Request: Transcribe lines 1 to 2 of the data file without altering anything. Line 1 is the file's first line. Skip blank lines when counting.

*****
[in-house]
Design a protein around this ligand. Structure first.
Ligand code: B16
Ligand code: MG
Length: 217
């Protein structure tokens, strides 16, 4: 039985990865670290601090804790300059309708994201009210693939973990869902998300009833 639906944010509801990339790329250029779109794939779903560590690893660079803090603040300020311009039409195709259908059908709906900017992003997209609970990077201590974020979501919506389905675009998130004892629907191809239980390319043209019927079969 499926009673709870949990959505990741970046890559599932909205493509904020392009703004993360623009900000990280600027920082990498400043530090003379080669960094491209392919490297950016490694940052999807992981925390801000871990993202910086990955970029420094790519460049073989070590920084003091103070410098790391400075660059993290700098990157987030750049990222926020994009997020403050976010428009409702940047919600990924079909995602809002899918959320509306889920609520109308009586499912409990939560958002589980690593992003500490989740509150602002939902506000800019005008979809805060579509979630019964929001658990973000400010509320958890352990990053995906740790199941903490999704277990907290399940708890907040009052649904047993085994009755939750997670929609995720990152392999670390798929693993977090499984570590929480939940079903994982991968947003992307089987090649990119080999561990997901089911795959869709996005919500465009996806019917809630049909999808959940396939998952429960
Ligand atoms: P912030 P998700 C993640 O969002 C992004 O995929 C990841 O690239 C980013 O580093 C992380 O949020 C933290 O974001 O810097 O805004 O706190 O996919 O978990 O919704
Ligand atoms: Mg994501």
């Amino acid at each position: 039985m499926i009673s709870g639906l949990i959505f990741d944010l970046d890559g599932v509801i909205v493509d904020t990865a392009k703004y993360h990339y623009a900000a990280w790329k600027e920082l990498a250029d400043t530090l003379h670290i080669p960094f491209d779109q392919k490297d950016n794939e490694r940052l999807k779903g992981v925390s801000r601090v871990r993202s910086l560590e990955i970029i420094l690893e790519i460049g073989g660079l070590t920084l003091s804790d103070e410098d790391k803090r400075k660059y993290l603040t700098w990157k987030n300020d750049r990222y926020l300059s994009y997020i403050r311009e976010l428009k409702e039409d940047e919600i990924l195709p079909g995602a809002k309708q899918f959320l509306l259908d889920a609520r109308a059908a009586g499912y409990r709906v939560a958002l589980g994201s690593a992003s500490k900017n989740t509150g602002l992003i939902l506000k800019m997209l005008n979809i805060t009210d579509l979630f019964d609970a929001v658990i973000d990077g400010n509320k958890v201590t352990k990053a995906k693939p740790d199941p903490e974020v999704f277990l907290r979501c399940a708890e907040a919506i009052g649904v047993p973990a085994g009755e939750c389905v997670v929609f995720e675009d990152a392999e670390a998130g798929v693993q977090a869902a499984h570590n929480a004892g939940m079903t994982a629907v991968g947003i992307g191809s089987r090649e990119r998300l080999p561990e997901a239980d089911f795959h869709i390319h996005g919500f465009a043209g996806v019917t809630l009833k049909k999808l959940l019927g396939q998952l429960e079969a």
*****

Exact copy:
[in-house]
Design a protein around this ligand. Structure first.